The success of both electronic leak testers depends upon carefully following the manufacturer's instructions.
FLUSHING THE SYSTEM
To assure removal of any system contamination (i.e., metal particles) resulting from a damaged or seized compressor, follow the flush procedure outlined below.
R-11 is the only approved solvent for flushing the A/C system. Use extreme caution and adhere to all safety precautions governing the use of refrigerants when flushing the system.
- Discharge the system into an approved recovery station.
- Disconnect all refrigerant line fittings and discard O-rings.
- Remove the orifice tube and discard.
- Close all the valves on the manifold gage set. Connect the gage set to the R-11 container.
- Remove the evaporator core. With flushing tool J-3383 or equivalent, slowly force liquid R-11 into the bottom of core until bubbles and liquid R-11 flows from the top of core. Continue flushing until only liquid R-11 flows from the top of core. Wait 5 minutes then drain the evaporator.
- Remove the condenser and repeat step 5.
- Remove the compressor. Drain the compressor oil through the suction and discharge ports. Fill the compressor with R-11 through the suction port until it runs out of the discharge port. Rotate the compressor clutch 2 or 3 times and drain compressor after 5 minutes. If the compressor will not turn, complete disassembly of the compressor will be necessary.
- Cap one end of the refrigerant lines and fill all lines with R-11. Allow enough R-11 to flow through the lines to thoroughly remove any foreign materials. Wait 5 minutes then drain lines.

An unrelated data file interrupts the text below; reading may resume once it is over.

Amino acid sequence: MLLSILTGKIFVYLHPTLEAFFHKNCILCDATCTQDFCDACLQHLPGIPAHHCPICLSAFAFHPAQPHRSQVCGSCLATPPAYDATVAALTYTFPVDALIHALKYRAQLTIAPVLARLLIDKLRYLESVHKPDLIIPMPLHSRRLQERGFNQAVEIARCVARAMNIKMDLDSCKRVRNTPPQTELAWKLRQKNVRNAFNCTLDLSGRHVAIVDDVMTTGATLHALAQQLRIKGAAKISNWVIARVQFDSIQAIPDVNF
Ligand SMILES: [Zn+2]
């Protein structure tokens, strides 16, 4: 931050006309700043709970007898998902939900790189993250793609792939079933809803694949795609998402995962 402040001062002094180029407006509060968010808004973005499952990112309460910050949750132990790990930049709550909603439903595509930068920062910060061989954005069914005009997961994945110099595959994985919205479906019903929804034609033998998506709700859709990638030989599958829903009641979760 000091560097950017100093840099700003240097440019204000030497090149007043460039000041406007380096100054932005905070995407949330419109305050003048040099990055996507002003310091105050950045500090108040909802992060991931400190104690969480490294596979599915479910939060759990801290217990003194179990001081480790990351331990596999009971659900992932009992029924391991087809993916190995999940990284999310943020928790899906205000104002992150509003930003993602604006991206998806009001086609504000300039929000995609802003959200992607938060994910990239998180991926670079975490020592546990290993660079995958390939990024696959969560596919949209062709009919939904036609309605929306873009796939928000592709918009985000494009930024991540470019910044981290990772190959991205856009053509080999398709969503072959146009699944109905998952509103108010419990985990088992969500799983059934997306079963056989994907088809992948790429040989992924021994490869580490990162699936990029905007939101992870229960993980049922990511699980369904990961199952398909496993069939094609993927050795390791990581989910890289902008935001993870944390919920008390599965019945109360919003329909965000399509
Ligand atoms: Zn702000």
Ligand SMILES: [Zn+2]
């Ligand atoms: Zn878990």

- Flush out R-11 thoroughly from all components and lines using R-12.
- Replace the accumulator, orifice tube and all O-rings. If required, install a new compressor. Dip all new O-rings in 525 viscosity refrigerant oil.
Flushing the refrigerant system removes all the refrigerant oil from the system. The total system oil charge is 6 oz. (180 ml). Add 3 oz. to the compressor and 3 oz. to the accumulator.
- Reconnect the flushed refrigerant lines and components, then tighten to the recommended torque specifications.
- Evacuate, charge, leak test and check the refrigerant system performance.
Component temperature must be a minimum of 75°F (24°C) to thoroughly remove R-11 from the system. The use of heat lamps on the compressor, evaporator and condenser is recommended to assist in the proper evacuation of R-11 and will reduce the evacuation time.
REFRIGERATION SYSTEM CHECK
If the A/C system performance test indicates a fault due to abnormal refrigeration system pressures, the following items should be checked:
- Check both the condenser and the radiator for damage fins, blocking the air flow.
- Check for kinks in the evaporator or condenser cores. Also, check for kinks in lines, hoses, tubes and other passages.
- Check for proper A/C belt tension.
- Check for proper air gap between clutch plate and clutch rotor friction surfaces, causing compressor clutch slippage.
- Check the refrigerant system for leaks, blockage or moisture in the system.